The first story, “Flo’s Café,” is of a young man, “already loaded” and in between girlfriends, who sits in a booth at the café as customers drink bourbon while Flo, whose son is in military prison, punches the TV set during a news report. It’s 1970, and the songs ask where the good times have gone. Essig says it is the only song he ever wrote “that closes with an inconclusive supertonic or II-chord” which he chose to find “a musical reflection of the temporality of that bar and those times.” It works.
It sets us up for the next story, “Albert’s Cove,” in which a young man drives all day and most nights from Wainwright, Alberta, to a small fishing village in “Fuckin’ New Brunswick” in search of a young woman. By the time he arrives at the home where she’s been staying, the girl is no longer there. The landlady tells him she might have slipped on the rocks but believes she jumped. “Wouldn’t be the first,” she says, and the song reports that fishermen hear the girl wailing as “she cries for the baby you gave her.”
The subjects and situations of these stories are as far-ranging as their landscapes. A thirteen-year-old blind girl finds a pistol and a bottle under a neighbour’s table. A lawyer and his wife drink sherry with the owner of Marge’s Country Comfort. A man wins a blue ribbon for the jar of pickles he entered in the fall fair, but is down several bucks from the entry, his girlfriend’s admission to the fair, and the tickets for the Ferris wheel and ring toss. “None of it’s fair,” his girlfriend says at the end of the evening.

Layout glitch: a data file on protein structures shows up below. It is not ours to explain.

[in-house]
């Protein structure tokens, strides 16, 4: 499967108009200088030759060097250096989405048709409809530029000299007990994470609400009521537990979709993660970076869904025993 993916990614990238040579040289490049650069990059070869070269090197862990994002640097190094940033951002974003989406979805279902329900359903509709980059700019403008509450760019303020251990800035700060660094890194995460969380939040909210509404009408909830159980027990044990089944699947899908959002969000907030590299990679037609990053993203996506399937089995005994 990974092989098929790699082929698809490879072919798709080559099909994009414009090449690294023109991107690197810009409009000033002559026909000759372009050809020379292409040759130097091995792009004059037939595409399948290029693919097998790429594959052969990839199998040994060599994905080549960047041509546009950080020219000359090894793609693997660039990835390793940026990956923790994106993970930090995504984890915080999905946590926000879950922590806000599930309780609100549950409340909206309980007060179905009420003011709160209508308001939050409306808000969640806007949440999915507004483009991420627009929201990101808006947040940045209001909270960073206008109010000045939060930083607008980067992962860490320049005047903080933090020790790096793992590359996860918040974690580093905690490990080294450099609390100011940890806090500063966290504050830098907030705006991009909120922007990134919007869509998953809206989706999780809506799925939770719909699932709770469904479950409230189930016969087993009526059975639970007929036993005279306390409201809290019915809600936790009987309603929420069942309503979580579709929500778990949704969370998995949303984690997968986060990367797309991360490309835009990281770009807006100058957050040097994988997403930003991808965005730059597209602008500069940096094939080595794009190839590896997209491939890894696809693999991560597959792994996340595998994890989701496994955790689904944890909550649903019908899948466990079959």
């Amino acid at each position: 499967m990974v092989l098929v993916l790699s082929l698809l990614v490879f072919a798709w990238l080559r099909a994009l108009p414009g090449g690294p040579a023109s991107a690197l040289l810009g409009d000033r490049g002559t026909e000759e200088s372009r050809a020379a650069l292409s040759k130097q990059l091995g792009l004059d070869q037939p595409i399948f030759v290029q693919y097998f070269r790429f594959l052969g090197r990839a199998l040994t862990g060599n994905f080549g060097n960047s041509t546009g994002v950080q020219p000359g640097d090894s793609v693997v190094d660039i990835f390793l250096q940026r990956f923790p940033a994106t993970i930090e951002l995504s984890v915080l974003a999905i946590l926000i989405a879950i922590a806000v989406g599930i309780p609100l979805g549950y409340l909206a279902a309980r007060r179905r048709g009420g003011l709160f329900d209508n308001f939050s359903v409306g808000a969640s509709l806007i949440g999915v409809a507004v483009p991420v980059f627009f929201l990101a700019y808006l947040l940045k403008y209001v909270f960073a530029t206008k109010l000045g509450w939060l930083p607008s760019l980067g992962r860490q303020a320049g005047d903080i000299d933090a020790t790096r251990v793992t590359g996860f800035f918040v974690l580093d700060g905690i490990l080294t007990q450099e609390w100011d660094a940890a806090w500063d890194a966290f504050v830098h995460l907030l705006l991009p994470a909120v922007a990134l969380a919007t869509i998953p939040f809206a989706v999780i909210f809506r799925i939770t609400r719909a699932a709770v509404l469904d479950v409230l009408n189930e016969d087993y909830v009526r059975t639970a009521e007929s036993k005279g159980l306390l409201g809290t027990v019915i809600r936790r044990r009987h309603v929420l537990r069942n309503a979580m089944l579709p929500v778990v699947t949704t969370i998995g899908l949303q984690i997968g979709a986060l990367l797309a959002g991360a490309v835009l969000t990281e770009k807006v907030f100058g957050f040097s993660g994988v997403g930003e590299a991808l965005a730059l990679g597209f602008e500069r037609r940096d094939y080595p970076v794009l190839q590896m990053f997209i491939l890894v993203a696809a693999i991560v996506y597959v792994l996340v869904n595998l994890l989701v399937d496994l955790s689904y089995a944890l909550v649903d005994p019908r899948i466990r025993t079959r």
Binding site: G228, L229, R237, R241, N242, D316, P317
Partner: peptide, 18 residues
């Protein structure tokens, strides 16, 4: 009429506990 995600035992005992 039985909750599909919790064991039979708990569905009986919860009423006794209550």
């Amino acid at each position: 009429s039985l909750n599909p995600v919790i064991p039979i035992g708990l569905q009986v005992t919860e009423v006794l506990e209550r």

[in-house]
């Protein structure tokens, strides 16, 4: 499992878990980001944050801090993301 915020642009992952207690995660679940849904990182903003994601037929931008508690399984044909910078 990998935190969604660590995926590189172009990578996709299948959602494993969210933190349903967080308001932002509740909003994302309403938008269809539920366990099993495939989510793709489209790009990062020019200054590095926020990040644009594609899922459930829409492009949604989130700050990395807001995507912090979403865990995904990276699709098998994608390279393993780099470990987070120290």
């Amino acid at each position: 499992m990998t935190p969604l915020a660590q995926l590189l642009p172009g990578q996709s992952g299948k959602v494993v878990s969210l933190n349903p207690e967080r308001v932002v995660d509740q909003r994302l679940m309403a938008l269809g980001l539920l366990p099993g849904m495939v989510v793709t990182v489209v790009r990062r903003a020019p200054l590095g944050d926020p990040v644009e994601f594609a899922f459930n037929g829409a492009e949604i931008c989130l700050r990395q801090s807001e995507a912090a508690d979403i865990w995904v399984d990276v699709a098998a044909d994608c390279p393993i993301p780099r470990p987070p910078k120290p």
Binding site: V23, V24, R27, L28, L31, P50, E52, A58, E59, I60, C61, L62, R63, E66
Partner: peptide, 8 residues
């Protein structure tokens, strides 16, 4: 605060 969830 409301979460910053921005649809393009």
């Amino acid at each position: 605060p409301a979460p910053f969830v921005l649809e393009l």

The characters travel from town to town in old cars and trucks with little or no money. They consume a lot of tobacco and coffee and a great deal of alcohol, which is sometimes poured into the coffee cups. If the liquor store isn’t open, there’s always bars and beer parlours — and often bottles of Stoli or Five Star or Brights can be found in cupboards, under tables or cushions, or in desk drawers.